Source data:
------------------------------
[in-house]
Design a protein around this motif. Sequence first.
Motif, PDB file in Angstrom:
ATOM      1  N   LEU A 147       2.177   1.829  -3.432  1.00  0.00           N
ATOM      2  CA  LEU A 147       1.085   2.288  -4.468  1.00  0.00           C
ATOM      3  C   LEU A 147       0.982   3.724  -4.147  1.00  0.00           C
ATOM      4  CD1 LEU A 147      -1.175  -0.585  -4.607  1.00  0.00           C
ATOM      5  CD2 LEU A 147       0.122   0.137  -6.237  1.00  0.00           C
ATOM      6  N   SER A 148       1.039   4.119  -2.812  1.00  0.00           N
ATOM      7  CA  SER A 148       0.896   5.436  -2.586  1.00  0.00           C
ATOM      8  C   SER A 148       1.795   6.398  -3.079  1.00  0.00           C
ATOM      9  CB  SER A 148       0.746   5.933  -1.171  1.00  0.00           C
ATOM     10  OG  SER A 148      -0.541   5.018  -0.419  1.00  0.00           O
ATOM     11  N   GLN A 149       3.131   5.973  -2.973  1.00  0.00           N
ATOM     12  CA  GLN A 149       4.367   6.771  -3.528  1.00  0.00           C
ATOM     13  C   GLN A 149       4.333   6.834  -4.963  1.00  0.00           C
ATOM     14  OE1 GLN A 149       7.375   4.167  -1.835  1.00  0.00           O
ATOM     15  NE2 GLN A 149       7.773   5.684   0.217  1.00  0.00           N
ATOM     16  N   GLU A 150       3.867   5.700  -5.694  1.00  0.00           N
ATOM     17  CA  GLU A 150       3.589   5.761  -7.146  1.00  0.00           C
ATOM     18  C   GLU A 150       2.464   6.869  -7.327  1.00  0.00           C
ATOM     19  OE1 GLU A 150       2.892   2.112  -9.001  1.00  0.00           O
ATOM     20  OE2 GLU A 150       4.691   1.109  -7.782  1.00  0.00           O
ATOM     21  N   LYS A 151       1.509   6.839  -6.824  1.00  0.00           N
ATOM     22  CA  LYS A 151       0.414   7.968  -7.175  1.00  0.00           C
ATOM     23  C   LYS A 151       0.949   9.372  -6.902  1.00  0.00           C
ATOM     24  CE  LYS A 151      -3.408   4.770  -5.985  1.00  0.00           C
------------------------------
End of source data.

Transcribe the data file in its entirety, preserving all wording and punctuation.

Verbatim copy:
[in-house]
Design a protein around this motif. Sequence first.
Motif, PDB file in Angstrom:
ATOM      1  N   LEU A 147       2.177   1.829  -3.432  1.00  0.00           N
ATOM      2  CA  LEU A 147       1.085   2.288  -4.468  1.00  0.00           C
ATOM      3  C   LEU A 147       0.982   3.724  -4.147  1.00  0.00           C
ATOM      4  CD1 LEU A 147      -1.175  -0.585  -4.607  1.00  0.00           C
ATOM      5  CD2 LEU A 147       0.122   0.137  -6.237  1.00  0.00           C
ATOM      6  N   SER A 148       1.039   4.119  -2.812  1.00  0.00           N
ATOM      7  CA  SER A 148       0.896   5.436  -2.586  1.00  0.00           C
ATOM      8  C   SER A 148       1.795   6.398  -3.079  1.00  0.00           C
ATOM      9  CB  SER A 148       0.746   5.933  -1.171  1.00  0.00           C
ATOM     10  OG  SER A 148      -0.541   5.018  -0.419  1.00  0.00           O
ATOM     11  N   GLN A 149       3.131   5.973  -2.973  1.00  0.00           N
ATOM     12  CA  GLN A 149       4.367   6.771  -3.528  1.00  0.00           C
ATOM     13  C   GLN A 149       4.333   6.834  -4.963  1.00  0.00           C
ATOM     14  OE1 GLN A 149       7.375   4.167  -1.835  1.00  0.00           O
ATOM     15  NE2 GLN A 149       7.773   5.684   0.217  1.00  0.00           N
ATOM     16  N   GLU A 150       3.867   5.700  -5.694  1.00  0.00           N
ATOM     17  CA  GLU A 150       3.589   5.761  -7.146  1.00  0.00           C
ATOM     18  C   GLU A 150       2.464   6.869  -7.327  1.00  0.00           C
ATOM     19  OE1 GLU A 150       2.892   2.112  -9.001  1.00  0.00           O
ATOM     20  OE2 GLU A 150       4.691   1.109  -7.782  1.00  0.00           O
ATOM     21  N   LYS A 151       1.509   6.839  -6.824  1.00  0.00           N
ATOM     22  CA  LYS A 151       0.414   7.968  -7.175  1.00  0.00           C
ATOM     23  C   LYS A 151       0.949   9.372  -6.902  1.00  0.00           C
ATOM     24  CE  LYS A 151      -3.408   4.770  -5.985  1.00  0.00           C